The election has been touted as another milestone on the road to democracy in the North African country, which has been praised for its transition from decades of dictatorship.
But Tunisia has struggled with persistent political, security and economic problems as well as corruption since the revolution, and observers expected a low turnout for Sunday’s poll.
Around 15 people trickled into a polling station in central Tunis to cast their ballots after voting officially began at 8:00 am (0700 GMT).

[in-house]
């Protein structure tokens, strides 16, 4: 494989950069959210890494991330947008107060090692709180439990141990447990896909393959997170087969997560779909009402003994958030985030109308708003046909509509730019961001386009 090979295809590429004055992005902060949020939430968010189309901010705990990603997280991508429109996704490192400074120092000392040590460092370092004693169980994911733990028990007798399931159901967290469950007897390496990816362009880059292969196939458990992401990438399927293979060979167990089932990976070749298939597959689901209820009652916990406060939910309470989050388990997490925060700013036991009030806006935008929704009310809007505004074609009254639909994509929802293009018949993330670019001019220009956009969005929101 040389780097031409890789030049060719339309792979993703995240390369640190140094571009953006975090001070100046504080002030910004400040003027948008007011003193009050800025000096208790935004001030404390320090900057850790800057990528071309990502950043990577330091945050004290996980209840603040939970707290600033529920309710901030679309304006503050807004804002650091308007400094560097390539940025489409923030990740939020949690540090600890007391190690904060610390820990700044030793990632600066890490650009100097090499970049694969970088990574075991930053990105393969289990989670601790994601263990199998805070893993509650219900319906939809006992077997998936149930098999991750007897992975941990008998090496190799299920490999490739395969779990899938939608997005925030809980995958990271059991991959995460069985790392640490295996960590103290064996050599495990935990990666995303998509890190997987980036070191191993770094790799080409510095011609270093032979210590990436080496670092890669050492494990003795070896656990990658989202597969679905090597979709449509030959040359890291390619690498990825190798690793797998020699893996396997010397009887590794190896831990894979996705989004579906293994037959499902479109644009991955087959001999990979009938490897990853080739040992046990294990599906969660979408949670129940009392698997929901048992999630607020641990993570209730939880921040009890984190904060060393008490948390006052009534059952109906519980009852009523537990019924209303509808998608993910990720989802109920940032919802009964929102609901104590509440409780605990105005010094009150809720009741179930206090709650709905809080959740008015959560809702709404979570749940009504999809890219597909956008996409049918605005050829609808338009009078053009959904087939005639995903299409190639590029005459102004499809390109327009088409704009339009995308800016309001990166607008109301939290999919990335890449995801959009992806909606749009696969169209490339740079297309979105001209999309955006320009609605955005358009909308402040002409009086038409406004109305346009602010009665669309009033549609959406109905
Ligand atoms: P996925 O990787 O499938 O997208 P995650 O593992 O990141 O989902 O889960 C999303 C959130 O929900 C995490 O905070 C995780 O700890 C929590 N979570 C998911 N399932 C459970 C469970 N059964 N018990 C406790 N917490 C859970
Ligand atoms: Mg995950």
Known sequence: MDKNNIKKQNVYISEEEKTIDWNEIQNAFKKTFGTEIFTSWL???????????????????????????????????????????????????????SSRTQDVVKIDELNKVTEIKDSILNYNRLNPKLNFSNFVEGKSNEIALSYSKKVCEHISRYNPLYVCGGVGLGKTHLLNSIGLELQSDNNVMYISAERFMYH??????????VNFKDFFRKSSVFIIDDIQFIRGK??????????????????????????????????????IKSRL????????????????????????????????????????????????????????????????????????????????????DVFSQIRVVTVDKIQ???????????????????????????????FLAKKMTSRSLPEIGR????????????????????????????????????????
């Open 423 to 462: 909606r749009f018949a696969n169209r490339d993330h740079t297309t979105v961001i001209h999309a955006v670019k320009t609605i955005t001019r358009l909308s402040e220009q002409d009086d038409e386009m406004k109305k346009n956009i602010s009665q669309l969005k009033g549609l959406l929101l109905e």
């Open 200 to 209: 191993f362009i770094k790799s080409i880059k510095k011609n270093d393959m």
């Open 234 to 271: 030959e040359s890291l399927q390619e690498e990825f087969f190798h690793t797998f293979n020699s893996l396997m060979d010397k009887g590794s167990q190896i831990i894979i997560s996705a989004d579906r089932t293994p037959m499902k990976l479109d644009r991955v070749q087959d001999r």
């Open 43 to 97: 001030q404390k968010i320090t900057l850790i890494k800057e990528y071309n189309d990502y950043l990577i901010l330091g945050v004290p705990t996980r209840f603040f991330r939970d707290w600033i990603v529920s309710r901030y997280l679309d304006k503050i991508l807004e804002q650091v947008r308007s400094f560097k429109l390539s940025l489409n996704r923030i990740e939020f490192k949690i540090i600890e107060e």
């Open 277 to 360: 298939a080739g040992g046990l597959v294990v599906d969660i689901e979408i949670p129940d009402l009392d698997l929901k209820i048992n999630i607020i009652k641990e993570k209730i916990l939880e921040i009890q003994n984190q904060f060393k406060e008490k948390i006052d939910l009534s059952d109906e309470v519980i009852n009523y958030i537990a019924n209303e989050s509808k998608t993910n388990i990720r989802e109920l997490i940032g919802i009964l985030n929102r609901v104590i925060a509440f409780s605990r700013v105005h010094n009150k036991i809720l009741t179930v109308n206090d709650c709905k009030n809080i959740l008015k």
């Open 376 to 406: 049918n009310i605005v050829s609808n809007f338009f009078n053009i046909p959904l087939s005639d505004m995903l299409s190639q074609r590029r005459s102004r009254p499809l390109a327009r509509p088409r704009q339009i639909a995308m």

Ridha Kouki, 58, acknowledged that voting is “a right and a duty” but said Tunisians “have little hope” of any change.
Chokri Halaoui, 45, said he wanted to send a “message to politicians to tell them ‘we have voted now show us what you can do’.”
Tunisians have already voted in parliamentary and presidential elections since the 2011 fall of dictator Zine El Abidine Ben Ali, but municipal polls had been delayed four times due to logistic, administrative and political deadlocks.
President Beji Caid Essebsi has called for a “massive turnout”.
“For the first time (since the revolution) the Tunisian people are called to participate in municipal elections, something that seems simple but it is very important,” he said on Friday.